While many people are being inspired by things like nature and architecture and other people’s work, I go inside my own head for inspiration. I see quilts. To keep the visual noise out during the creative phase, I keep my studio walls bare and I’ll stay away from the internet, magazines and books. I simply need to hear my own voice, but that being said, listening to TV shows and movies while I work doesn’t bother me.
(Some well loved gifts and pieces gives my eyes a place to rest, but other than that there is no quilts or art on my studio walls)
It is often a word or a phrase or a feeling that triggers the on-button, but it can also be a colour or a scrap of fabric. Then the idea will simmer up there until I have solved all the technicalities, which I, by the way, enjoy very much.
The process can take a second, and it can take years. I’ll just know when I have everything I need and am ready to start. I am fond of challenges and themed competitions, but quite often I don’t feel the need to actually make the quilt as it’s already done in my head.
(“His wedding, and hers” 2014)
It does indeed get quite busy up there.
Some of my best works are the really personal ones, carrying little pieces of my heart. They are parts of grieving processes, of coping with difficult feelings and issues, and making them are incredible freeing and incredible hard.
("The barrel", 2011)
One of the most important one is “Hot and cold, 7 ½” years” 2006, which is about my daughter getting sick at a young age and my feelings around that as a mother.
I want my designs to be for everyone who likes to create, using their stash. Although I am fond of fabric, I’m not into designer names and fabric fashion, and will use whatever fabric I have on hand.
My book, Gledesspredere, free range appliquê 2012, is filled with fun little story quilts made in different materials and techniques.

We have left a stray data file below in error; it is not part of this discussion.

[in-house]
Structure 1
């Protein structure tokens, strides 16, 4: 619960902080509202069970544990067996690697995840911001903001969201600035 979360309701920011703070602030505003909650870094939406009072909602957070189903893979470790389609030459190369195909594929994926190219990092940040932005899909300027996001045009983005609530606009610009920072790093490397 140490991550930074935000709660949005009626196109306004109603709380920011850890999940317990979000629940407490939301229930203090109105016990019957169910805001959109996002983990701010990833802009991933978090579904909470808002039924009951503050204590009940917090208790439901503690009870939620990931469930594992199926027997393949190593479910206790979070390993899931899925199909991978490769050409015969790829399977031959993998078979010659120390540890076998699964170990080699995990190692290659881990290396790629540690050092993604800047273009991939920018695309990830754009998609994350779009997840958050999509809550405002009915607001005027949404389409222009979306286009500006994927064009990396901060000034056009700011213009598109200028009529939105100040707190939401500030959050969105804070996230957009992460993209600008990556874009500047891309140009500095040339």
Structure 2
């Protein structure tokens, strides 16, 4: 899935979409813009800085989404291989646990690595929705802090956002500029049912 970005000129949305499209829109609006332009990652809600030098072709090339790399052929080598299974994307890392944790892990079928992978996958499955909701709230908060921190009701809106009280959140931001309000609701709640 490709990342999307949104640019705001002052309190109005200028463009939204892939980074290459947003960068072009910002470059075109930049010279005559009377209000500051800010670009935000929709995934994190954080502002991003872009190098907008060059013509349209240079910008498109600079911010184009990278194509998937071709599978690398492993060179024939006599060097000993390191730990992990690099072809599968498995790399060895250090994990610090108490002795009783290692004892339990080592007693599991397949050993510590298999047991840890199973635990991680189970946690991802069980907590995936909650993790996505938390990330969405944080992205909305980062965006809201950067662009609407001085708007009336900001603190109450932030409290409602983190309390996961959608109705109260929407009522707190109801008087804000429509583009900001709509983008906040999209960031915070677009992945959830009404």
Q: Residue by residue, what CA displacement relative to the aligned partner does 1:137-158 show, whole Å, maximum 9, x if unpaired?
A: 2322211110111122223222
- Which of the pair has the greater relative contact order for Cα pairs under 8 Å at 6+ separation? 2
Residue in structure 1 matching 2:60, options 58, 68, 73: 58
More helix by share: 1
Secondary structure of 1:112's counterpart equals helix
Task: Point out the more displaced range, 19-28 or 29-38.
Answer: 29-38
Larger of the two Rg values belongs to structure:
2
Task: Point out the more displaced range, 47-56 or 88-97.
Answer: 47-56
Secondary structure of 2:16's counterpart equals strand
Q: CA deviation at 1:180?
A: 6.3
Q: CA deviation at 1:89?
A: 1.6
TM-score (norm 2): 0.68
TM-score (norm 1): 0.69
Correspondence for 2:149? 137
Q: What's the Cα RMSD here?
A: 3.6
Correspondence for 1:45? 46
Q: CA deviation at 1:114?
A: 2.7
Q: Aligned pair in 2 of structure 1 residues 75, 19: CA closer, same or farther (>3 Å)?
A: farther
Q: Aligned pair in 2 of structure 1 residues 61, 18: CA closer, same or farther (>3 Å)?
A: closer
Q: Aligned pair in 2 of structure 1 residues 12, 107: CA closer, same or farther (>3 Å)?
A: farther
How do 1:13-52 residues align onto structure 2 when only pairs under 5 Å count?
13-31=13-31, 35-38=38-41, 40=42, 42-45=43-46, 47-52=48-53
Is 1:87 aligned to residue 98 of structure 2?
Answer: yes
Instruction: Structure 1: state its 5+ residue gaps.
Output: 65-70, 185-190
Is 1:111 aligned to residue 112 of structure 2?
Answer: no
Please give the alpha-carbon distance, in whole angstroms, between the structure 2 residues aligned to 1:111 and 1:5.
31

And my patterns are mostly scrappy.
("Nothing to wear")
I have a love affair with thrifted fabrics whether it is table cloths, curtains or bed sheets, and I often use them in my work.
(“Whatever you say I am” 2013; recycled and repurposed materials only except for the binding)
In fact, my quilting career started in the thrift store, and I keep going back. (You can read about how I got started on quilting here.) The Layer upon layer series was all built on thrifted goodness, and I have acquired quite a stash to be able to supply my students with everything they need of special fabrics and fibers.
(Playing with yarn class)
I think that should be more than enough about me, so it’s time to pass the torch on to some of my quilting blogging friends who will post on Monday the 15th:
Miranne of Miranne. There had been some emails and comments between us before we accidentally ran into each other at the Festival of Quilts in Birmingham back in 2011 and had dinner together. Miranne is a quilter who also makes clothes and works with a variety of traditional Norwegian crafts. She mixes materials and techniques, and everything is beautifully made.
Audrey of Quilty Folk. I have been reading Audrey’s blog for quite a while. She generously shares her process, and being a process quilter myself, I find it fascinating following hers. She does a lot of handwork, and her work is beautiful.
Beth of Love Laugh Quilt. I have been following Beth’s blog for years. She makes everything from beautiful art quilts to lots of happy scrappy quilts, mixing up new fabric with recycled ones, and making do. She also knits and weaves and her blog is very inspiring indeed.
Thanks for stopping by, and make sure to visit the next blogs on the blog hop!